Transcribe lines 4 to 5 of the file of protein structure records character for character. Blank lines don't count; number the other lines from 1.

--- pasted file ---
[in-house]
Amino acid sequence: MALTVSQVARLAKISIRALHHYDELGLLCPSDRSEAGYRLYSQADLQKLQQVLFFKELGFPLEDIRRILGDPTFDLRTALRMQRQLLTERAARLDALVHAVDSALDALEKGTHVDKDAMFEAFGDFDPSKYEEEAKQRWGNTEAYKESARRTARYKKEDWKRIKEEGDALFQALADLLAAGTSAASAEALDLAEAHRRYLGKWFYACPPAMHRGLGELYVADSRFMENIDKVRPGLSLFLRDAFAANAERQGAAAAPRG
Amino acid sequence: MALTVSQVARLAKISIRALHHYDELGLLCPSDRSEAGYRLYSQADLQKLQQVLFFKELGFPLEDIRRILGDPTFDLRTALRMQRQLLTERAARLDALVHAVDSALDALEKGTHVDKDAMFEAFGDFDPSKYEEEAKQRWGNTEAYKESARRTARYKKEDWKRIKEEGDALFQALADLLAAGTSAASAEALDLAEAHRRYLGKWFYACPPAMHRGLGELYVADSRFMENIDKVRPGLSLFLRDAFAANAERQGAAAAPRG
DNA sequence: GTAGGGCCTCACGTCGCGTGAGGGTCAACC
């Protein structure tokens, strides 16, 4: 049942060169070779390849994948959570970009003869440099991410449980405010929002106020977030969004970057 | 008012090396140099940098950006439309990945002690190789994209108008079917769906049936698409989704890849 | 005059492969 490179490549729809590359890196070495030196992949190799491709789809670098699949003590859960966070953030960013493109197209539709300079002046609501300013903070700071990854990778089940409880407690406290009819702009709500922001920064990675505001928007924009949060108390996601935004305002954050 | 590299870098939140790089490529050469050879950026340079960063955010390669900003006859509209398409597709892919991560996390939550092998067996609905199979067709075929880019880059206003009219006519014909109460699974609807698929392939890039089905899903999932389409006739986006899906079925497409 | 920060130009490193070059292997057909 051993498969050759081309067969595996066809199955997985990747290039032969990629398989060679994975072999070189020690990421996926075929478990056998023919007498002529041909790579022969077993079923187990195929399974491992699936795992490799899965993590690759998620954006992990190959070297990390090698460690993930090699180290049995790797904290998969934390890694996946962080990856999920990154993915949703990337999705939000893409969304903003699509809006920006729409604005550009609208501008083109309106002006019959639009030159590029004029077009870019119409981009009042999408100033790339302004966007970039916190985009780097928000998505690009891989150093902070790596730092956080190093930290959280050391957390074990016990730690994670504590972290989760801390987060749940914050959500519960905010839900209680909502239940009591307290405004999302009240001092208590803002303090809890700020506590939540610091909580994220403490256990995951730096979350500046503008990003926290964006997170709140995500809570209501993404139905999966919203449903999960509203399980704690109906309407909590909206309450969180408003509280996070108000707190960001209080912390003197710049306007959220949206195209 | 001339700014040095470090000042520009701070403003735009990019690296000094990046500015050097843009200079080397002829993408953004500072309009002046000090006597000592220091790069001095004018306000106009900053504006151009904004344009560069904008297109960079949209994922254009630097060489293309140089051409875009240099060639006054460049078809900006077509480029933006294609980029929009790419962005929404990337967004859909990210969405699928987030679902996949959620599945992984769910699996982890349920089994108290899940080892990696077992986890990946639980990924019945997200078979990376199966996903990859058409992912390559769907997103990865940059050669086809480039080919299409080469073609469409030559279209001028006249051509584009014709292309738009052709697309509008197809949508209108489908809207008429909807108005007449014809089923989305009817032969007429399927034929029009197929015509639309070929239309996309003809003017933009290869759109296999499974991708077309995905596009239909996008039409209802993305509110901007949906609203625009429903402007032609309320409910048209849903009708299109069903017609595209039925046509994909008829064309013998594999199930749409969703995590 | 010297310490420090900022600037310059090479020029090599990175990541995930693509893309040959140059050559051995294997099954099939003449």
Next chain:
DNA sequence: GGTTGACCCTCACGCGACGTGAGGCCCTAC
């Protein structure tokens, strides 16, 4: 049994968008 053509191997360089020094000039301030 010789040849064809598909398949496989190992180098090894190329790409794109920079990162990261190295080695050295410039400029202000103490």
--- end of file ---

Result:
DNA sequence: GTAGGGCCTCACGTCGCGTGAGGGTCAACC
């Protein structure tokens, strides 16, 4: 049942060169070779390849994948959570970009003869440099991410449980405010929002106020977030969004970057 | 008012090396140099940098950006439309990945002690190789994209108008079917769906049936698409989704890849 | 005059492969 490179490549729809590359890196070495030196992949190799491709789809670098699949003590859960966070953030960013493109197209539709300079002046609501300013903070700071990854990778089940409880407690406290009819702009709500922001920064990675505001928007924009949060108390996601935004305002954050 | 590299870098939140790089490529050469050879950026340079960063955010390669900003006859509209398409597709892919991560996390939550092998067996609905199979067709075929880019880059206003009219006519014909109460699974609807698929392939890039089905899903999932389409006739986006899906079925497409 | 920060130009490193070059292997057909 051993498969050759081309067969595996066809199955997985990747290039032969990629398989060679994975072999070189020690990421996926075929478990056998023919007498002529041909790579022969077993079923187990195929399974491992699936795992490799899965993590690759998620954006992990190959070297990390090698460690993930090699180290049995790797904290998969934390890694996946962080990856999920990154993915949703990337999705939000893409969304903003699509809006920006729409604005550009609208501008083109309106002006019959639009030159590029004029077009870019119409981009009042999408100033790339302004966007970039916190985009780097928000998505690009891989150093902070790596730092956080190093930290959280050391957390074990016990730690994670504590972290989760801390987060749940914050959500519960905010839900209680909502239940009591307290405004999302009240001092208590803002303090809890700020506590939540610091909580994220403490256990995951730096979350500046503008990003926290964006997170709140995500809570209501993404139905999966919203449903999960509203399980704690109906309407909590909206309450969180408003509280996070108000707190960001209080912390003197710049306007959220949206195209 | 001339700014040095470090000042520009701070403003735009990019690296000094990046500015050097843009200079080397002829993408953004500072309009002046000090006597000592220091790069001095004018306000106009900053504006151009904004344009560069904008297109960079949209994922254009630097060489293309140089051409875009240099060639006054460049078809900006077509480029933006294609980029929009790419962005929404990337967004859909990210969405699928987030679902996949959620599945992984769910699996982890349920089994108290899940080892990696077992986890990946639980990924019945997200078979990376199966996903990859058409992912390559769907997103990865940059050669086809480039080919299409080469073609469409030559279209001028006249051509584009014709292309738009052709697309509008197809949508209108489908809207008429909807108005007449014809089923989305009817032969007429399927034929029009197929015509639309070929239309996309003809003017933009290869759109296999499974991708077309995905596009239909996008039409209802993305509110901007949906609203625009429903402007032609309320409910048209849903009708299109069903017609595209039925046509994909008829064309013998594999199930749409969703995590 | 010297310490420090900022600037310059090479020029090599990175990541995930693509893309040959140059050559051995294997099954099939003449």